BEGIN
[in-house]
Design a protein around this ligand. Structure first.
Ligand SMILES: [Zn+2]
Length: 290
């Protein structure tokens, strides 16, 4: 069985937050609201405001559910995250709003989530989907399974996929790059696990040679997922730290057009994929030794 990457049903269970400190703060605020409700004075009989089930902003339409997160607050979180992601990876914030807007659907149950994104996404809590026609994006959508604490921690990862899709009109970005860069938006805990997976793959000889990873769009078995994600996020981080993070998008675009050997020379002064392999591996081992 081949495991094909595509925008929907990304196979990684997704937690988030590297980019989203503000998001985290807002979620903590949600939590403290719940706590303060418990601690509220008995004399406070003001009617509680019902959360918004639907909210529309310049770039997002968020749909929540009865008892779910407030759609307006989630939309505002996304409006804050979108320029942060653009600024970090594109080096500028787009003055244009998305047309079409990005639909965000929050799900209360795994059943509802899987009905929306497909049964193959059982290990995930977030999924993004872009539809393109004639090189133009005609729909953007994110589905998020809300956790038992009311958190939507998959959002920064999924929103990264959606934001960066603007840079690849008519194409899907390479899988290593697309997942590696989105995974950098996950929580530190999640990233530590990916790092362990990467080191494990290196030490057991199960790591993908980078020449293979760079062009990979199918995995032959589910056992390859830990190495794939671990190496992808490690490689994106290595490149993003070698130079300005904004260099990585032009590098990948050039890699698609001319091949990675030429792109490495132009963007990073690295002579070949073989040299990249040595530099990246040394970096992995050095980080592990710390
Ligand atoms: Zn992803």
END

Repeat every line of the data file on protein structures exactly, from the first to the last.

[in-house]
Design a protein around this ligand. Structure first.
Ligand SMILES: [Zn+2]
Length: 290
């Protein structure tokens, strides 16, 4: 069985937050609201405001559910995250709003989530989907399974996929790059696990040679997922730290057009994929030794 990457049903269970400190703060605020409700004075009989089930902003339409997160607050979180992601990876914030807007659907149950994104996404809590026609994006959508604490921690990862899709009109970005860069938006805990997976793959000889990873769009078995994600996020981080993070998008675009050997020379002064392999591996081992 081949495991094909595509925008929907990304196979990684997704937690988030590297980019989203503000998001985290807002979620903590949600939590403290719940706590303060418990601690509220008995004399406070003001009617509680019902959360918004639907909210529309310049770039997002968020749909929540009865008892779910407030759609307006989630939309505002996304409006804050979108320029942060653009600024970090594109080096500028787009003055244009998305047309079409990005639909965000929050799900209360795994059943509802899987009905929306497909049964193959059982290990995930977030999924993004872009539809393109004639090189133009005609729909953007994110589905998020809300956790038992009311958190939507998959959002920064999924929103990264959606934001960066603007840079690849008519194409899907390479899988290593697309997942590696989105995974950098996950929580530190999640990233530590990916790092362990990467080191494990290196030490057991199960790591993908980078020449293979760079062009990979199918995995032959589910056992390859830990190495794939671990190496992808490690490689994106290595490149993003070698130079300005904004260099990585032009590098990948050039890699698609001319091949990675030429792109490495132009963007990073690295002579070949073989040299990249040595530099990246040394970096992995050095980080592990710390
Ligand atoms: Zn992803």